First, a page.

Expand your community bank’s financial literacy resources

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Between cryptocurrency, Venmo and buy now, pay later (BNPL), community banks have their work cut out for them when it comes to educating their customers (and staff) on consumer finance developments. While many banks already offer financial literacy classes, here’s how to expand your education offering using a blend of new and existing resources.

By Judith Sears

Seemingly in droves, consumers of all ages—and not exclusively younger ones—are climbing aboard technology-driven financial service developments. Consumers using these newer financial services are navigating a shifting landscape. The digital space provides convenience—and plenty of opportunity for fraud. That’s where community banks can step in.

“There’s an increasing amount of fraud everywhere. Every time we introduce a new product, it’s important to educate customers on the potential for fraud.”
—Bill McKenna, ESSA Bank & Trust

“We’ve seen an uptick in the use of digital and mobile delivery of our products and services during the pandemic,” says Bill McKenna, chief marketing officer of ESSA Bank & Trust, a $1.9 billion-asset community bank headquartered in Stroudsburg, Pa.

“There’s an increasing amount of fraud everywhere,” he adds. “Every time we introduce a new product, it’s important to educate customers on the potential for fraud.”

Amy Foulks, executive vice president and chief information officer for $686 million-asset First Utah Bank in Salt Lake City, Utah, believes it’s critical for consumers to maintain control of their money. “As far as the tools that are made available, they need to know who they’re partnering with, whether it’s protected and whether they can trust that partner,” she says.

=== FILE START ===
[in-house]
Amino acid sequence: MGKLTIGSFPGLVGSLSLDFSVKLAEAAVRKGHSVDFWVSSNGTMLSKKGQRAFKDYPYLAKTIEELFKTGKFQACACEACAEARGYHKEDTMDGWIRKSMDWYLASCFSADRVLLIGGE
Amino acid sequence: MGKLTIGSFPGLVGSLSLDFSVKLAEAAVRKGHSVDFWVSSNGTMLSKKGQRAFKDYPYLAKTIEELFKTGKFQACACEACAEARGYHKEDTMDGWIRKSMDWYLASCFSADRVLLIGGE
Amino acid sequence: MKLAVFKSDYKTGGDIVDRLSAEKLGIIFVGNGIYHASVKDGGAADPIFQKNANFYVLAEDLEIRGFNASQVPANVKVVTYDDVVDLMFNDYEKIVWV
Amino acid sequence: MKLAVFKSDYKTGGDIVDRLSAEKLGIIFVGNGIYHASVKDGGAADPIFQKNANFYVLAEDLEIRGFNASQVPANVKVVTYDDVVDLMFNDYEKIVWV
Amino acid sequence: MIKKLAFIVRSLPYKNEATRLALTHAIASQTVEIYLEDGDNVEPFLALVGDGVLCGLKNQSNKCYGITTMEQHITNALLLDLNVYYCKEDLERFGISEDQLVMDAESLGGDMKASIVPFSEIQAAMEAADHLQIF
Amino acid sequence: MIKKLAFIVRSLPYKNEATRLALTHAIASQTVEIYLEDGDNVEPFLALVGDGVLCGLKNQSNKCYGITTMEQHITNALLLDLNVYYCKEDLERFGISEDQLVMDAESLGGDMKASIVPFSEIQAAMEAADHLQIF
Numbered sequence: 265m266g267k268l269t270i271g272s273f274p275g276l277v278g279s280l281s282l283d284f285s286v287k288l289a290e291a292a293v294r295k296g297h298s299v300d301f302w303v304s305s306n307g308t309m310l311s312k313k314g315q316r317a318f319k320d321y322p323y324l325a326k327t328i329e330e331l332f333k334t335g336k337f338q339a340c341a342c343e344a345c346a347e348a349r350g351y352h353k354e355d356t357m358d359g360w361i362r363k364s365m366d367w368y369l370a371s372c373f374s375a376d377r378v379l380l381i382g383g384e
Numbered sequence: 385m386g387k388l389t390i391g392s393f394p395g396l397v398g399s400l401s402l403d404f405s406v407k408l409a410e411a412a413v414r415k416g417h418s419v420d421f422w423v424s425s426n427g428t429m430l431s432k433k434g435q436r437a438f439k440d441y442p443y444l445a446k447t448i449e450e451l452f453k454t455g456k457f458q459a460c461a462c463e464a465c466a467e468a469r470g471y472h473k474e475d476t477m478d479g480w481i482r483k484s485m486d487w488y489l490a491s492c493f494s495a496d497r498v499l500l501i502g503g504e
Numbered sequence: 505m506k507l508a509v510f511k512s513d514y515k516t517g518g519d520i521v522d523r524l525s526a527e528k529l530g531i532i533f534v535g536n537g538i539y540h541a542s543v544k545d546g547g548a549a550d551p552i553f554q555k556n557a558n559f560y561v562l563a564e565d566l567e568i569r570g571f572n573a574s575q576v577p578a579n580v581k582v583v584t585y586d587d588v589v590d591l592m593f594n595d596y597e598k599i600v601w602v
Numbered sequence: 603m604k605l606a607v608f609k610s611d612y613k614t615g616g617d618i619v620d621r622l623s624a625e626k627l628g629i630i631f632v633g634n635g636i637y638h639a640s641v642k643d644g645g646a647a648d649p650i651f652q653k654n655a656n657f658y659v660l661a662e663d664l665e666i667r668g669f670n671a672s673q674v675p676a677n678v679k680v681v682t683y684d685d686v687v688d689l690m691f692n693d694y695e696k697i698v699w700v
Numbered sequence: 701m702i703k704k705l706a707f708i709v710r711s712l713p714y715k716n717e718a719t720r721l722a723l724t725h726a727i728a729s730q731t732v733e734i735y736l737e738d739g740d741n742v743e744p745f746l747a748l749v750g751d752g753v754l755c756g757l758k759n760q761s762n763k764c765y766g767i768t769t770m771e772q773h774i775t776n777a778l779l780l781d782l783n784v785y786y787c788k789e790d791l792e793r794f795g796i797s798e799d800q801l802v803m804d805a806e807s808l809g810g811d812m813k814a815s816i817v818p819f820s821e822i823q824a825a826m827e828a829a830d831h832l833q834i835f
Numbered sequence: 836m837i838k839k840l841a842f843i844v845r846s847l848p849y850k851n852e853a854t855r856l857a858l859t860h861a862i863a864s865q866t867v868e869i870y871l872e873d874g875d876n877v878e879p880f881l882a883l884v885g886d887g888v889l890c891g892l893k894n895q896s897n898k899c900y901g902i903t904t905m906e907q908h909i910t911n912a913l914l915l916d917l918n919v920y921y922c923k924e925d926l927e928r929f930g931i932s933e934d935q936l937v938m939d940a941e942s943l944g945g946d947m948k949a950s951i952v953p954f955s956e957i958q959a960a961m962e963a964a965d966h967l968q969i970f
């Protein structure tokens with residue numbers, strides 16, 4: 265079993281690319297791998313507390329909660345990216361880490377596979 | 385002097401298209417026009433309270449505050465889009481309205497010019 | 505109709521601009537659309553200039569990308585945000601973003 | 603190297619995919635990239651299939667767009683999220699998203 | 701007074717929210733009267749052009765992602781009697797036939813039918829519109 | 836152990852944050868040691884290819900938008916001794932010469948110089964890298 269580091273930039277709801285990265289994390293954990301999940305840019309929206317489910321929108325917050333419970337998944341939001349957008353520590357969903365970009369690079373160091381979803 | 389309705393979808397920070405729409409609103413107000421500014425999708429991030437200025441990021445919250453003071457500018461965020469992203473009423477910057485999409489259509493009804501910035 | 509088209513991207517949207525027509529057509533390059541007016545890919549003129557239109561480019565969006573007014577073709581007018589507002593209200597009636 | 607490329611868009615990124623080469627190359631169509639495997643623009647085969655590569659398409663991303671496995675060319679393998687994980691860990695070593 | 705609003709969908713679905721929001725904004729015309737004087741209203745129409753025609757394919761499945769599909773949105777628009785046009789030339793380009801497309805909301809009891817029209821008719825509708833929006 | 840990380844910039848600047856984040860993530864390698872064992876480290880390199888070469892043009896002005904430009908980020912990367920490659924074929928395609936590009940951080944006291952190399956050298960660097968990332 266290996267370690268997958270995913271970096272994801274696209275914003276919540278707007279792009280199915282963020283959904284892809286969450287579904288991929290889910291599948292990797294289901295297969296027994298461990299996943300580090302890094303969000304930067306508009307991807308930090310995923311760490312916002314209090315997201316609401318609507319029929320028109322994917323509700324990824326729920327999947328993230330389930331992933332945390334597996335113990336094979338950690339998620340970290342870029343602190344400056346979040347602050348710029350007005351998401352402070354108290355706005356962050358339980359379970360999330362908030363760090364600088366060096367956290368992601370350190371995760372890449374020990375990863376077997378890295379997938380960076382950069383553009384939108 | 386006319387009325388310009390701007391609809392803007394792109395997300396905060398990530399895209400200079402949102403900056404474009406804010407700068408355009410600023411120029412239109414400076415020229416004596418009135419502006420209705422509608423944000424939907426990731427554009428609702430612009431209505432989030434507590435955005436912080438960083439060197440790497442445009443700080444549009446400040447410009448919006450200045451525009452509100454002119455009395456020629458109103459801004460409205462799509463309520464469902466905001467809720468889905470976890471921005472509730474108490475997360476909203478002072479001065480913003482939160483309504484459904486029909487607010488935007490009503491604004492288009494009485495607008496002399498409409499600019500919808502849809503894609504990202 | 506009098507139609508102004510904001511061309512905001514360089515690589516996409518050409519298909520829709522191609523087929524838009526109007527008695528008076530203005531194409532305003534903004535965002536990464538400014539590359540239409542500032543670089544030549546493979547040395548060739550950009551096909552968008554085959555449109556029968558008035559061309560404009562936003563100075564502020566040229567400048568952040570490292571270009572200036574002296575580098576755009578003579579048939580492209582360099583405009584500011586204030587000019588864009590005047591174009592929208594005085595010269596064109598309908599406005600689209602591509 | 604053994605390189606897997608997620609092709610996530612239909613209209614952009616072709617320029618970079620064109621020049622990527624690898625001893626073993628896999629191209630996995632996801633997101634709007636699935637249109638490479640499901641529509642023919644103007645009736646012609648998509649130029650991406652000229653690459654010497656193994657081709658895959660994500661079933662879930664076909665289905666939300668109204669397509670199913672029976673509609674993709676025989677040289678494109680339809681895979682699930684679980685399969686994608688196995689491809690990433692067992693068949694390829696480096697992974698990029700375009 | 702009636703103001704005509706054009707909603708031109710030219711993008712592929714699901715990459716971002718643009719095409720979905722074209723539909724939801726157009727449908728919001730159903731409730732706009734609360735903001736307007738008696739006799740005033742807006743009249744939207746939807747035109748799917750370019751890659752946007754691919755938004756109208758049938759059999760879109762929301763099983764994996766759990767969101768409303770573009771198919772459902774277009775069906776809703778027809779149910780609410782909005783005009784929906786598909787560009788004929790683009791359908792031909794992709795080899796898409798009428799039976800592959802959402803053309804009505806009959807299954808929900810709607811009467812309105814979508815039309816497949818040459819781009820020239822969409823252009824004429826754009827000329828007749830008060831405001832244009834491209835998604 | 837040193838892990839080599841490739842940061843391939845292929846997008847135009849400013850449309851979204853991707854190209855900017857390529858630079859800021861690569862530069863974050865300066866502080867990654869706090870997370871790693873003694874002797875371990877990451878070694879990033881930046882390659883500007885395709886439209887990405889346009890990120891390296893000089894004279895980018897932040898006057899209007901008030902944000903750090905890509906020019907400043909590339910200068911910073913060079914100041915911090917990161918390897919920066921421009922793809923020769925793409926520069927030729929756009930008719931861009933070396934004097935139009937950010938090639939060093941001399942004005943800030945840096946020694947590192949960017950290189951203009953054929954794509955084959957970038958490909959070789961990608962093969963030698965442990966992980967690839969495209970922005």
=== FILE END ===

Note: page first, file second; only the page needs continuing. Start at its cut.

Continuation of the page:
Aim for accessibility

In this context, community banks have an opportunity to educate their customers on the implications of these newer technologies. “I think it’s extremely important for financial institutions to position themselves as trusted partners [with fintechs] as the financial services industry evolves so rapidly,” says Susan Doyle, president and CEO of EPCOR, a not-for-profit payments association. “Community banks can capitalize on the trust they’ve created.”

Community banks looking to educate customers on fraud prevention shouldn’t dive deep into the details of these technologies. What consumers want and need to know is simple: how to use the technology and how to stay safe doing so.

This kind of education starts with frontline workers. “Employees can be great educators and advocates for new products,” says Jim Ferry, vice president and retail sales manager for ESSA Bank & Trust.

When introducing Zelle digital payments, for example, ESSA passed $10 around among various branches and staff members using Zelle. At the end, like a game of musical chairs, one employee ended up with the funds and received a $10 gift card from the bank. “We ask employees to fully engage, and this game helped us get some traction in product knowledge,” Ferry says.